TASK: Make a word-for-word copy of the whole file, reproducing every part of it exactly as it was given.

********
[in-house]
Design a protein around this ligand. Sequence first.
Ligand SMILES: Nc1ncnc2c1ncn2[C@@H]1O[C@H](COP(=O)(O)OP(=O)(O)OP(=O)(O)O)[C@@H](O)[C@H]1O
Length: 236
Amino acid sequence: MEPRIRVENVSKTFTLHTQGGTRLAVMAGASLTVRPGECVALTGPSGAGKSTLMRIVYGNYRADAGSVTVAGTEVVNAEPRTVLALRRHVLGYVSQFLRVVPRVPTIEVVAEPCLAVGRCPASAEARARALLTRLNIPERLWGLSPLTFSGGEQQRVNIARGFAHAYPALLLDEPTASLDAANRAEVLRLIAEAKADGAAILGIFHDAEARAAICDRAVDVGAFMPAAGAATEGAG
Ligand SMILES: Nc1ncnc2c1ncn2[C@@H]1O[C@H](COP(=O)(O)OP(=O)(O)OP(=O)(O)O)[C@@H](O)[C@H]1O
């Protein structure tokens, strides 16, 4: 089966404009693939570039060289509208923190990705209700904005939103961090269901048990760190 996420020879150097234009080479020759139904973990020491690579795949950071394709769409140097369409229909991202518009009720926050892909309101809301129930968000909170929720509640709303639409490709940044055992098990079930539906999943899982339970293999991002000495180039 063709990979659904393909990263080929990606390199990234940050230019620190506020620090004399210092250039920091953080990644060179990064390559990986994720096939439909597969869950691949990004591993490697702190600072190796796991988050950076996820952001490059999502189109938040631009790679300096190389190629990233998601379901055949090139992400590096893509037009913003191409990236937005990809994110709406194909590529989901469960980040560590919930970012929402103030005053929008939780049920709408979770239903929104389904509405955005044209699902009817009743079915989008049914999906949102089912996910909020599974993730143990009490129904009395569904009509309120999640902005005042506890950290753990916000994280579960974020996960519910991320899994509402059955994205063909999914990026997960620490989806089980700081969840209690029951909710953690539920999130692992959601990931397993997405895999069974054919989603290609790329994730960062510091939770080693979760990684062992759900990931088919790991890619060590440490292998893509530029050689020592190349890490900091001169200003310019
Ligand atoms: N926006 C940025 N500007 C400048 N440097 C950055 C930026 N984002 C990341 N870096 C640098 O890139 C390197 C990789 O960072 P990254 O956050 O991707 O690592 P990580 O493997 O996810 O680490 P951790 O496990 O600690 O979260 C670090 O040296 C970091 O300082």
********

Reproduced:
[in-house]
Design a protein around this ligand. Sequence first.
Ligand SMILES: Nc1ncnc2c1ncn2[C@@H]1O[C@H](COP(=O)(O)OP(=O)(O)OP(=O)(O)O)[C@@H](O)[C@H]1O
Length: 236
Amino acid sequence: MEPRIRVENVSKTFTLHTQGGTRLAVMAGASLTVRPGECVALTGPSGAGKSTLMRIVYGNYRADAGSVTVAGTEVVNAEPRTVLALRRHVLGYVSQFLRVVPRVPTIEVVAEPCLAVGRCPASAEARARALLTRLNIPERLWGLSPLTFSGGEQQRVNIARGFAHAYPALLLDEPTASLDAANRAEVLRLIAEAKADGAAILGIFHDAEARAAICDRAVDVGAFMPAAGAATEGAG
Ligand SMILES: Nc1ncnc2c1ncn2[C@@H]1O[C@H](COP(=O)(O)OP(=O)(O)OP(=O)(O)O)[C@@H](O)[C@H]1O
């Protein structure tokens, strides 16, 4: 089966404009693939570039060289509208923190990705209700904005939103961090269901048990760190 996420020879150097234009080479020759139904973990020491690579795949950071394709769409140097369409229909991202518009009720926050892909309101809301129930968000909170929720509640709303639409490709940044055992098990079930539906999943899982339970293999991002000495180039 063709990979659904393909990263080929990606390199990234940050230019620190506020620090004399210092250039920091953080990644060179990064390559990986994720096939439909597969869950691949990004591993490697702190600072190796796991988050950076996820952001490059999502189109938040631009790679300096190389190629990233998601379901055949090139992400590096893509037009913003191409990236937005990809994110709406194909590529989901469960980040560590919930970012929402103030005053929008939780049920709408979770239903929104389904509405955005044209699902009817009743079915989008049914999906949102089912996910909020599974993730143990009490129904009395569904009509309120999640902005005042506890950290753990916000994280579960974020996960519910991320899994509402059955994205063909999914990026997960620490989806089980700081969840209690029951909710953690539920999130692992959601990931397993997405895999069974054919989603290609790329994730960062510091939770080693979760990684062992759900990931088919790991890619060590440490292998893509530029050689020592190349890490900091001169200003310019
Ligand atoms: N926006 C940025 N500007 C400048 N440097 C950055 C930026 N984002 C990341 N870096 C640098 O890139 C390197 C990789 O960072 P990254 O956050 O991707 O690592 P990580 O493997 O996810 O680490 P951790 O496990 O600690 O979260 C670090 O040296 C970091 O300082």